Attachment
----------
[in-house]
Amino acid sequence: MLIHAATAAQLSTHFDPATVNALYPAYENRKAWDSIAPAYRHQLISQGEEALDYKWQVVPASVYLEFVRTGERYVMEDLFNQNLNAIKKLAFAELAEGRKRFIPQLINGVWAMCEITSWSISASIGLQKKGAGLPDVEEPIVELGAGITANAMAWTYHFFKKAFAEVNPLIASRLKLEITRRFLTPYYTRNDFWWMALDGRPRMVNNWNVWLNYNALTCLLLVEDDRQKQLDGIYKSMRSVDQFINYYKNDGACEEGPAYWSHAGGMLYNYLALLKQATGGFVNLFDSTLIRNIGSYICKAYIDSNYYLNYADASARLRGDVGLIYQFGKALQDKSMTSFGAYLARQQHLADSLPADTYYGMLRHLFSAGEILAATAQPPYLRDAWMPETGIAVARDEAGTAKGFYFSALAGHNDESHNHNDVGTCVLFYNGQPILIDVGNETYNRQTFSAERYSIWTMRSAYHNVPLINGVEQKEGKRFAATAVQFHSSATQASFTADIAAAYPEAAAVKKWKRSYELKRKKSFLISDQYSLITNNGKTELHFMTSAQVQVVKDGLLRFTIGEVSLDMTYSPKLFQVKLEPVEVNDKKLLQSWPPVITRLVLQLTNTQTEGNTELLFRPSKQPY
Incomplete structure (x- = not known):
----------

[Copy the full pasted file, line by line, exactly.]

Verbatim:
[in-house]
Amino acid sequence: MLIHAATAAQLSTHFDPATVNALYPAYENRKAWDSIAPAYRHQLISQGEEALDYKWQVVPASVYLEFVRTGERYVMEDLFNQNLNAIKKLAFAELAEGRKRFIPQLINGVWAMCEITSWSISASIGLQKKGAGLPDVEEPIVELGAGITANAMAWTYHFFKKAFAEVNPLIASRLKLEITRRFLTPYYTRNDFWWMALDGRPRMVNNWNVWLNYNALTCLLLVEDDRQKQLDGIYKSMRSVDQFINYYKNDGACEEGPAYWSHAGGMLYNYLALLKQATGGFVNLFDSTLIRNIGSYICKAYIDSNYYLNYADASARLRGDVGLIYQFGKALQDKSMTSFGAYLARQQHLADSLPADTYYGMLRHLFSAGEILAATAQPPYLRDAWMPETGIAVARDEAGTAKGFYFSALAGHNDESHNHNDVGTCVLFYNGQPILIDVGNETYNRQTFSAERYSIWTMRSAYHNVPLINGVEQKEGKRFAATAVQFHSSATQASFTADIAAAYPEAAAVKKWKRSYELKRKKSFLISDQYSLITNNGKTELHFMTSAQVQVVKDGLLRFTIGEVSLDMTYSPKLFQVKLEPVEVNDKKLLQSWPPVITRLVLQLTNTQTEGNTELLFRPSKQPY
Incomplete structure (x- = not known):